That doesn’t eliminate the need to ensure that students board the correct bus and arrive at the right campus.

At Folsom Cordova, Synovia Solutions of Indianapolis is supplying the student bar-code card system along with a GPS route management and tracking system for the district’s 78 buses under a five-year, $211,000 contract.

More advanced technology soon will be available that can alert bus drivers when a child gets on the wrong bus or off at the wrong school, said Woody Fitzmaurice, business development executive for Synovia. One of the difficulties very young children can have, Fitzmaurice said, is knowing what bus to board for the trip home.

“With the new technology, Jimmy gets on the bus, swipes the card, and that youngster’s identification goes to a tablet which looks up the card and says Jimmy is supposed to be on bus 22,” he said.

That advance might have been helpful last April when a substitute driver for Natomas Unified mistakenly dropped a 6-year-old autistic boy at the wrong elementary campus. Natomas officials investigated and made changes, said district spokesman Jim Sanders. Bus drivers have been trained in proper hand-off procedures at schools and to family members or their designees when transporting special-education students, he said.

The district also purchased a bus-routing system that, once operational, could include a card-swiping system to record student travel. Discussions about adding that capability are underway, Sanders said.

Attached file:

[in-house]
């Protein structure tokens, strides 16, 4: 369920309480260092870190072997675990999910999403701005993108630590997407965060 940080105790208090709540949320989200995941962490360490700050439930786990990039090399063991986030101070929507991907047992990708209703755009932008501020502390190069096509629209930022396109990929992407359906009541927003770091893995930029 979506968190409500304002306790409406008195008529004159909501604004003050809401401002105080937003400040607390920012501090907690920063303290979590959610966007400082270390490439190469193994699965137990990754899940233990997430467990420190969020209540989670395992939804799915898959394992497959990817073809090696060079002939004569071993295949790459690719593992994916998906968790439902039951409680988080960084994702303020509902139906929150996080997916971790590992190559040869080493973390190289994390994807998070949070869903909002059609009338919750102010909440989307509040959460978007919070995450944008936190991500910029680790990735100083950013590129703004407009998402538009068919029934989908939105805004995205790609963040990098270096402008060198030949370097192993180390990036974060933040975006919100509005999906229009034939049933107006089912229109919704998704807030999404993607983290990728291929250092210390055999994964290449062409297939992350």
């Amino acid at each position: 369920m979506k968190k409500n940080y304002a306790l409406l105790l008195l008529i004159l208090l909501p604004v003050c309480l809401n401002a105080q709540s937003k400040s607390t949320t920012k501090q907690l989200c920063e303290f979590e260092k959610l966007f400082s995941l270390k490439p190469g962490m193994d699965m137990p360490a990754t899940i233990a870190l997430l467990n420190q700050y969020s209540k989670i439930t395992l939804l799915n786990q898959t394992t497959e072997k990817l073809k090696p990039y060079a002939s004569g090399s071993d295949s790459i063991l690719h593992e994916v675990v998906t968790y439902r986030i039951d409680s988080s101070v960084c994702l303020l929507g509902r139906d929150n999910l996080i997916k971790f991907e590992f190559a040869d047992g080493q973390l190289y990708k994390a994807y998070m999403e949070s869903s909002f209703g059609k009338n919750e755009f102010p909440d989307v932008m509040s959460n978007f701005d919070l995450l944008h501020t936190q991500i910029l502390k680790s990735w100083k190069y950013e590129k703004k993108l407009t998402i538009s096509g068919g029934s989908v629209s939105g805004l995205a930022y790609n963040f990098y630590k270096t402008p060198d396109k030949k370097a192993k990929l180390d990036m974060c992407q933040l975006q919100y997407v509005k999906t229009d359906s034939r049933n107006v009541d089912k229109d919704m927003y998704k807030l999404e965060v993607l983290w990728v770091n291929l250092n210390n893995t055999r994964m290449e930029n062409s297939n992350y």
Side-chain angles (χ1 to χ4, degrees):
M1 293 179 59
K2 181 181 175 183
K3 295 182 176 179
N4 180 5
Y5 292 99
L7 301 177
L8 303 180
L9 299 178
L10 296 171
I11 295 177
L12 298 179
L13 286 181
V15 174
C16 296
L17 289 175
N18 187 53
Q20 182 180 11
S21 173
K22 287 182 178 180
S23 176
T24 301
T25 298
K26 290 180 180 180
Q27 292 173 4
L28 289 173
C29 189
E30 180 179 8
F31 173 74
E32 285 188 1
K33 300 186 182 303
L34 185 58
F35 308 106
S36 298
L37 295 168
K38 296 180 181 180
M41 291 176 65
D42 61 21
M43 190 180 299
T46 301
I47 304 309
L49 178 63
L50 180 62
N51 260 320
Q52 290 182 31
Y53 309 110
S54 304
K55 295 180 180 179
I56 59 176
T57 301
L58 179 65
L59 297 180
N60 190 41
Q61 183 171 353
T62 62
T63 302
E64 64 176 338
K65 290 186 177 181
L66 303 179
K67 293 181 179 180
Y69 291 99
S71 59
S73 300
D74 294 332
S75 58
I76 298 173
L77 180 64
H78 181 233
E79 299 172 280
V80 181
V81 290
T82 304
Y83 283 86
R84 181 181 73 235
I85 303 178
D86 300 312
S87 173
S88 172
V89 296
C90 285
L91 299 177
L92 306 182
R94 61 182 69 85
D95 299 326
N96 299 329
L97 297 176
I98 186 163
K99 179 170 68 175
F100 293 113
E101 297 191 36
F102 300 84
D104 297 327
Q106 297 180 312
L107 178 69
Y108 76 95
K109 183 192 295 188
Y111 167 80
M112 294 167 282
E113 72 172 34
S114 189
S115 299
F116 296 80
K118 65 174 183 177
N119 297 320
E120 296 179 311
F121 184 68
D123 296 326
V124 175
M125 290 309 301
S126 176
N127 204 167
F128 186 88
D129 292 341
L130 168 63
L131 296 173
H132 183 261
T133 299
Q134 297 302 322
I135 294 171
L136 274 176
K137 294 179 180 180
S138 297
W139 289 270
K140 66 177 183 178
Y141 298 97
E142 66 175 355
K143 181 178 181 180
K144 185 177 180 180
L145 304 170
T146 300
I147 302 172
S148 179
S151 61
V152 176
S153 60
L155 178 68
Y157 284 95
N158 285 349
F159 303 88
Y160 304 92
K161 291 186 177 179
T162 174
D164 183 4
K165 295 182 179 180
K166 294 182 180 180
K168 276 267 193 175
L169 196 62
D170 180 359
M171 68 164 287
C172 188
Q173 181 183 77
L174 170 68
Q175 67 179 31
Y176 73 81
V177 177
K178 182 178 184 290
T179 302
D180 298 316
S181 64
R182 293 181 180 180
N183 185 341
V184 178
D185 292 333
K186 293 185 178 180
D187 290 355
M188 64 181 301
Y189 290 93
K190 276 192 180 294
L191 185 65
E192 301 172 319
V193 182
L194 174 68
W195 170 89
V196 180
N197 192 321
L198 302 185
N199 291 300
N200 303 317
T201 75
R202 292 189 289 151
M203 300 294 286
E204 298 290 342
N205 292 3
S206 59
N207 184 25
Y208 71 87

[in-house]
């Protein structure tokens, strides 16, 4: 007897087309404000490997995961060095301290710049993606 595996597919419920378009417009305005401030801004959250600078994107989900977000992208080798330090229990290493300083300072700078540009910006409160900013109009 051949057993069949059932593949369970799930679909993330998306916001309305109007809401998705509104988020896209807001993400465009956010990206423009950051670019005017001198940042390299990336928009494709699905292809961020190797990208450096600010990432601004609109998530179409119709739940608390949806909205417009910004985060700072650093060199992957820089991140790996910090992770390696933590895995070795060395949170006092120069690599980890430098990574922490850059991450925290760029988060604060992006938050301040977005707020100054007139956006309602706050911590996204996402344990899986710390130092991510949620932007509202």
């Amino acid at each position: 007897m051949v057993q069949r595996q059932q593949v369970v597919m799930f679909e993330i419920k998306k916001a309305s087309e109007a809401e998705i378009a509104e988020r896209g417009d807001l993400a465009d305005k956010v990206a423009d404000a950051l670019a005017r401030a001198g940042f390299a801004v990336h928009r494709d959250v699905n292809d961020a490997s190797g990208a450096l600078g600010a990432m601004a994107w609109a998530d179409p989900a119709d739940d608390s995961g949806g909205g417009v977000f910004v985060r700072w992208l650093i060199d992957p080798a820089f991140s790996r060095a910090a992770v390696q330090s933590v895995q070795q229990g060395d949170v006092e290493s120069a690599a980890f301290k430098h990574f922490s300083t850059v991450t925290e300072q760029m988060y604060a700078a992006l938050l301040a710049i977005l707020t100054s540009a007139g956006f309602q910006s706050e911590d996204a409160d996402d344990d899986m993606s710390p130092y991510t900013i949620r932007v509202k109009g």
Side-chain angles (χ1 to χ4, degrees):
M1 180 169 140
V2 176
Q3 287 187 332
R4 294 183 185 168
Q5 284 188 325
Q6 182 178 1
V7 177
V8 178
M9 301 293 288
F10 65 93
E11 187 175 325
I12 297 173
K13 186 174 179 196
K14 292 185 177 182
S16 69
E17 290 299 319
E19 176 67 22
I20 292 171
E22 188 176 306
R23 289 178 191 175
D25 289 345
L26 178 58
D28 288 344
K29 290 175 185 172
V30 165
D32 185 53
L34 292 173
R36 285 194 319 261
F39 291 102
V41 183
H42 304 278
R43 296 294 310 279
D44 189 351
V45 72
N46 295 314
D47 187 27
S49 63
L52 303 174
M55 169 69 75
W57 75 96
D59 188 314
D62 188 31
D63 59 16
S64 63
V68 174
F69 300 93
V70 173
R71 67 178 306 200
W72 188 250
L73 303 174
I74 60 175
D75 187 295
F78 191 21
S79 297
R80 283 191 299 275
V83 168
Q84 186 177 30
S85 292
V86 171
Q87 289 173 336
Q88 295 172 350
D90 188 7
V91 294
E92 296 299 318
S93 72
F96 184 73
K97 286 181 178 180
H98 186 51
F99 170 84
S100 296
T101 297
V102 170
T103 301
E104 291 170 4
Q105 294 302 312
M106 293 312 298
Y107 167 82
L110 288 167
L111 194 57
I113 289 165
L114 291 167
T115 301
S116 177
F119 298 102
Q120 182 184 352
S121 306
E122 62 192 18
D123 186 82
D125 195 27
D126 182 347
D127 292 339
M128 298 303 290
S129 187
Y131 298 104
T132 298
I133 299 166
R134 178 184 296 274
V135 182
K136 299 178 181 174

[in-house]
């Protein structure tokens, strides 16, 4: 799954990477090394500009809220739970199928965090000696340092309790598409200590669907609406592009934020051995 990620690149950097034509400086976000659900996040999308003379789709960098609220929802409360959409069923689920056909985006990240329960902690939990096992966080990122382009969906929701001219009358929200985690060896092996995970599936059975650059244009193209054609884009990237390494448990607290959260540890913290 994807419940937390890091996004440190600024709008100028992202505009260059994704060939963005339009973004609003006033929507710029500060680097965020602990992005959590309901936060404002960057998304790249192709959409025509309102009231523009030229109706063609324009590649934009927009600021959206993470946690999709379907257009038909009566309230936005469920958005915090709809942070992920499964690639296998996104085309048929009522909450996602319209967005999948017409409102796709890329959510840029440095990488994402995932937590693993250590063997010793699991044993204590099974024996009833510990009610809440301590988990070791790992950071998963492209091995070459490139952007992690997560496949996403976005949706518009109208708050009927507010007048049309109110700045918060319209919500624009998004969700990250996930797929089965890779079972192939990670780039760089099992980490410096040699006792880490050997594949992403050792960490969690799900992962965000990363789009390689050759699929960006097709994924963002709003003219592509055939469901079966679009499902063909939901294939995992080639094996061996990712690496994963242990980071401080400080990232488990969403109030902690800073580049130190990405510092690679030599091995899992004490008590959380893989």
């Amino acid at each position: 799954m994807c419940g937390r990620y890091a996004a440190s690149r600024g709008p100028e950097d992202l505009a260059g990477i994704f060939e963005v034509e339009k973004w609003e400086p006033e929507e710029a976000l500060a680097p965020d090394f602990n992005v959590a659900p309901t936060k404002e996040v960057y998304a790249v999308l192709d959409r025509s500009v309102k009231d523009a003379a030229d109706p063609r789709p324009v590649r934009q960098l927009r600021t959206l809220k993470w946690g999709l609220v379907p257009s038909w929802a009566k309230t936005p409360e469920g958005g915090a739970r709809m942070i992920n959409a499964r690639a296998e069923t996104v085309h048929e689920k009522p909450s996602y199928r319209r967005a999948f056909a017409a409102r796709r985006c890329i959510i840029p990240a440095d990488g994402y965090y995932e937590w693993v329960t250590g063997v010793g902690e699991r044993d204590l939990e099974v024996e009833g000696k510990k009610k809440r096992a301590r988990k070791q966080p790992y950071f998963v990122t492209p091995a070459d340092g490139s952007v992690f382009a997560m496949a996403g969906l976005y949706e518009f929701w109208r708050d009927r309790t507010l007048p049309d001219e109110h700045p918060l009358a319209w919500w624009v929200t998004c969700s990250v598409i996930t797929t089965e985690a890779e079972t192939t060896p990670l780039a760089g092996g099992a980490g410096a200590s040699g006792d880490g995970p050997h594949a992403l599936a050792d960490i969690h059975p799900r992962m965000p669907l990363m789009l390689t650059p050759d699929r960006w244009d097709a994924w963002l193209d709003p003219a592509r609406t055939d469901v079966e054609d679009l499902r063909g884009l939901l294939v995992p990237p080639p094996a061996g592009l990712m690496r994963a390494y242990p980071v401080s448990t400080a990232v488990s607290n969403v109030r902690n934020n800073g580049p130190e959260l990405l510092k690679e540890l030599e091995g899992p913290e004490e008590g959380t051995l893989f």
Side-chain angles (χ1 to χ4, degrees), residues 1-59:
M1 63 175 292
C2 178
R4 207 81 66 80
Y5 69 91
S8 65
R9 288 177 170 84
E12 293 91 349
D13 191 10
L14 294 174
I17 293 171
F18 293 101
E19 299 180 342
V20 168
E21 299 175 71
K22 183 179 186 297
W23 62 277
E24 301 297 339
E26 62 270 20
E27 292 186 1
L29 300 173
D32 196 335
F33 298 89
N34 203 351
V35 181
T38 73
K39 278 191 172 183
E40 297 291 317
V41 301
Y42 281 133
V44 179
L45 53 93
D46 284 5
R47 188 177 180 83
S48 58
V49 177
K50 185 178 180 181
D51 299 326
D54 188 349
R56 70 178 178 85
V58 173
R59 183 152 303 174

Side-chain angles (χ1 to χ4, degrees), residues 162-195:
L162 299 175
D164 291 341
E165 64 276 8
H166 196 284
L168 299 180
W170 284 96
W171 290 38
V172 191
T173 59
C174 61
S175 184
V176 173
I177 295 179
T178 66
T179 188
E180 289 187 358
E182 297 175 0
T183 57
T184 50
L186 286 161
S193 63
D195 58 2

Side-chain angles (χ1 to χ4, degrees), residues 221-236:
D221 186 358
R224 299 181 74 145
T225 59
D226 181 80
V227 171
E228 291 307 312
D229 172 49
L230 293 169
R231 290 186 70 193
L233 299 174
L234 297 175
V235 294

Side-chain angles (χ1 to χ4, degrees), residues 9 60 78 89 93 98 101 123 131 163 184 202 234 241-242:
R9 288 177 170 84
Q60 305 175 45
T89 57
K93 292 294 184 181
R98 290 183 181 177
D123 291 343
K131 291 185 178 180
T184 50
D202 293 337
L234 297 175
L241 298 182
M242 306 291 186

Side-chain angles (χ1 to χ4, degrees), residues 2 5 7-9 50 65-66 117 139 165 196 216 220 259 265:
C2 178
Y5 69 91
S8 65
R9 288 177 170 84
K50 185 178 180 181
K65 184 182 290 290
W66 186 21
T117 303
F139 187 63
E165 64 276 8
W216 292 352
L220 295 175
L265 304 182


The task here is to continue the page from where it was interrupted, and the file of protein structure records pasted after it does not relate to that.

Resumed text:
Elk Grove Unified, with a fleet of 180 buses, has had cameras for years, said Jill Gayaldo, district director of transportation. But those relied on outdated VHS technology. Upgrades to digital cameras began about a dozen years ago. The district in July purchased equipment to outfit 40 remaining buses for $50,000, Gayaldo said.

“We really don’t have too many issues with kids on buses,” she said. She called the cameras an effective deterrent.

At Folsom Cordova, one parent said she was intrigued by the concept of card readers that track when kids get on and off buses. And it’s just a matter of time and budget, district officials say, before the system is modified so parents can track the same information via the Internet.

“I think anything that keeps our kids safe is a good thing,” said Michelle Flowers, who has three children in the Folsom Cordova district and is a principal at a private elementary school in Folsom. “I would definitely want to know more. I would be curious to know exactly what features this has.”

At Twin Rivers, transportation officials say they’ve learned the value of improved systems. A year ago, an angry parent boarded a bus with a “threatening demeanor,” Shannon said. That case reinforced the idea that a real-time monitoring system would be valuable, he said. In such cases, a driver could alert district officials, who could monitor the situation and summon help if needed.

“We just felt that it benefited the students greatly to be able to have some sort of security on the bus,” Shannon said.


Call The Bee’s Loretta Kalb, (916) 321-1073.

Read more articles by Loretta Kalb